Where Should Congress and the Senate Banking Committee Go from Here
It is imperative, in my opinion, that this Committee draft amendments to Title V of GLB, to do the following:
For non-affiliate transactions, enact a No-Opt provision, prohibiting the sharing and selling of personal and financial information to non-affiliated third parties for any reason, with the exception of data processing for customer requested transactions such as ATM machines etc., and for transactions required by law to comply with Federal and state statutes.
Amend GLB to provide for an Opt-In method of privacy protection for all affiliates sharing and selling of information. The people of our nation should have the right to stop their information from being passed around, to affiliated companies, and it should only be allowed with their advanced written consent and knowledge.
Repeal the Joint Marketing loophole. This charade of an exemption makes a mockery of the already weak privacy protections in current GLB, as almost any transaction can be designed by the banks to be exempt under this part of GLB.
Enact Legislation to provide privacy protections for all financial transactions from all sources, including business, agriculture and non-profit financial transactions. Under GLB these types of entities have no privacy protection whatsoever. They should have the same privacy protections that consumers do.
What will Happen if Congress Fails to Amend GLB?
The people of the United States and the Legislators of the state Legislatures are beginning to realize the damage that has been done to the people of our country over the past number of years, due to the free flowing and public availability of their private and confidential information. I know of three states where Legislators are currently working on state Legislation to override the GLB privacy rules and to enact state Legislation similar to North Dakotas recently restored privacy law. I believe this is just the beginning of what will become a national ground swell, wherein the state Legislatures will enact real privacy protection for their citizens. Congress should act immediately to correct the mistakes made in GLB and change its privacy provisions, as suggested in this testimony.
California Initiative 2004 Vote
Due to the failure of the CA Legislature to pass Sen Speiers privacy law in California, an initiated measure has begun, headed by Chris Larsen, chairman and CEO of E-Loan.com an Internet mortgage loan company. I predict it will be overwhelmingly successful in 2004, regardless of how much money the big banks spend to defeat it. In fact, the more they spend, the larger the vote will be to pass the privacy law in CA, because the banks cannot address the truth about how they use peoples private and confidential information. Its their dirty little secret, their Achilles heal. They want to be able to sell it and share it without the peoples knowledge or consent, but they cant talk about it truthfully and openly, because they know their customers are overwhelmingly against this practice.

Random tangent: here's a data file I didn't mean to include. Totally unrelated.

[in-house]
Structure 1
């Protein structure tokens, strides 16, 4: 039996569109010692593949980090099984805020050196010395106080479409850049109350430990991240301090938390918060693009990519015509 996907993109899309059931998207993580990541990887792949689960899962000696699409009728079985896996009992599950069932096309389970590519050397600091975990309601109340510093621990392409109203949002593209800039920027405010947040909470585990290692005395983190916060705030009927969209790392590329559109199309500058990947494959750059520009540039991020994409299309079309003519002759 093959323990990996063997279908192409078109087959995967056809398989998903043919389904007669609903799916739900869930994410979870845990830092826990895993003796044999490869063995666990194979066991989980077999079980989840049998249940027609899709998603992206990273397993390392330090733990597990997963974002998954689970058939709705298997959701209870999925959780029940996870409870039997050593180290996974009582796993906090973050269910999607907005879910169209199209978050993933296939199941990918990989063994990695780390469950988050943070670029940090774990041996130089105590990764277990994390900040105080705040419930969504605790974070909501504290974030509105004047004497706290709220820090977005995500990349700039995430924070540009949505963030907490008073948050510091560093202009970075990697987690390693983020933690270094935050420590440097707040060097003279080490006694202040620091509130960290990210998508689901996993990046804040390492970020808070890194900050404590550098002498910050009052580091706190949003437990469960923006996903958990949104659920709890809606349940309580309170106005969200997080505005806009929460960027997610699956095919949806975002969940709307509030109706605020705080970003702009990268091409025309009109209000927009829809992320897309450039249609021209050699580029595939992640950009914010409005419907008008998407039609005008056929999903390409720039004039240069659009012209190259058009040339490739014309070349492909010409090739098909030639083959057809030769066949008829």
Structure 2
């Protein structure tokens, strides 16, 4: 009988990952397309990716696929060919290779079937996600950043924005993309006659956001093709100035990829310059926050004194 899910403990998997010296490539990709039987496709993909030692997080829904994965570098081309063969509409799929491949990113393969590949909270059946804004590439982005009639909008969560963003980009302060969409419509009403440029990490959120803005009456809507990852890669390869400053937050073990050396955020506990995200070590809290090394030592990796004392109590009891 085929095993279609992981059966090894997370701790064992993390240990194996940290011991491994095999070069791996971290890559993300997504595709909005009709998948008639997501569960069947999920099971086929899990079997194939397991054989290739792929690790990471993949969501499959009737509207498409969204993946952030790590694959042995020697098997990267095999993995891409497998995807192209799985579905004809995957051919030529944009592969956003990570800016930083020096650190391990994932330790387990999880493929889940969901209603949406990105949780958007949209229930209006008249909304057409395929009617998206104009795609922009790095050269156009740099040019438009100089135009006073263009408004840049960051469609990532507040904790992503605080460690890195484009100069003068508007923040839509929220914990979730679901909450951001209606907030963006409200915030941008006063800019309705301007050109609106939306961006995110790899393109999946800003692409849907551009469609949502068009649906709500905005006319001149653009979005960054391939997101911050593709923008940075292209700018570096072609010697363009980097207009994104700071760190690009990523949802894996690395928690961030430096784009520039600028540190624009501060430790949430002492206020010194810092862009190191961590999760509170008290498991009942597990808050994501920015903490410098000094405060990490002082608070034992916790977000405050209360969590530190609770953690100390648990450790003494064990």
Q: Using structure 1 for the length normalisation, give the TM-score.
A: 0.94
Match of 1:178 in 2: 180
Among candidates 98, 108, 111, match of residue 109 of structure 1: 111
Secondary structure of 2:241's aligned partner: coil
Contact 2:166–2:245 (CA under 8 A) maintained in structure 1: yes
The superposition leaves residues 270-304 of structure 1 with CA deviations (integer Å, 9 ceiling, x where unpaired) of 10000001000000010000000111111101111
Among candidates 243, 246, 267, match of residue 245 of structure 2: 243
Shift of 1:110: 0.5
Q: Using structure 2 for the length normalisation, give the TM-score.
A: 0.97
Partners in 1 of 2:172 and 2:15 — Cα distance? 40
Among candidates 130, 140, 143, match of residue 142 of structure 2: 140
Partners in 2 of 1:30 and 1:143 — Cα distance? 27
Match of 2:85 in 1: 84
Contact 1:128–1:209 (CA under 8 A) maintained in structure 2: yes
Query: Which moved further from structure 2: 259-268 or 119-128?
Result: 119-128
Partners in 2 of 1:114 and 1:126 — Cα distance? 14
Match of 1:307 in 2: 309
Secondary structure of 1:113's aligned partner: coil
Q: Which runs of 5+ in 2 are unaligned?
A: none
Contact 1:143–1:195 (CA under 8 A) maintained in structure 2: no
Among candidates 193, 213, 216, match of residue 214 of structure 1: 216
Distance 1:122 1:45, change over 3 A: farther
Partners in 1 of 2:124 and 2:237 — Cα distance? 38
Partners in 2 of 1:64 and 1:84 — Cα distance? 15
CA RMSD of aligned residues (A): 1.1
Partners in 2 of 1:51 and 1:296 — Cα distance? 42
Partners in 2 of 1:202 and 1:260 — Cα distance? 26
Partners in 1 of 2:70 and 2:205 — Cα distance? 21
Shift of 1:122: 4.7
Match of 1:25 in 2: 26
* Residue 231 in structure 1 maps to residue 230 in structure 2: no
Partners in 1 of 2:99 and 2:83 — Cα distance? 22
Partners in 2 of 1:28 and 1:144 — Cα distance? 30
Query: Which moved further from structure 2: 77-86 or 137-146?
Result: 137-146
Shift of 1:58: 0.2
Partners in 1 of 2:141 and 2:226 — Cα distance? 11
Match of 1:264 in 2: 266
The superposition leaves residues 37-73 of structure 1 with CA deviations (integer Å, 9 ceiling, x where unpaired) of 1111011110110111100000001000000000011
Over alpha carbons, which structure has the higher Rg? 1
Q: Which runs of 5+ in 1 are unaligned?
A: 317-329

The Real Tragedy Perpetrated on the American People
I believe that the Congress needs to realize the damage and danger they have perpetrated on the American people by failing to pass real privacy protection. What has been done under GLB and its sister law, the Fair Credit Reporting Act, is to make peoples private information a public commodity, available to all those who have the money to buy it. By allowing the privacy protections of the people of our nation to continually be eroded, traded and sold as just another commodity, the very fabric of our Republic is threatened. When our citizens no longer feel safe and secure in their homes and in the work place, because their most personal and private information is no longer personal and private, we face the very real possibility that our citizens will lose confidence in our financial services industries. If that occurs, we will be in tremendous trouble. If you dont think it can happen today, all you need do is look back to 1929 and what occurred in our nation then. Those who do not remember history are bound to repeat it.
Strong and meaningful amendments are necessary now to strengthen the Federal privacy law in GLB. I urge this Committee to courageously move forward to do so.
Thank you, Mr. Chairman, and all of the Committee members, for the opportunity to share my experiences and viewpoints with you today. It has been an honor.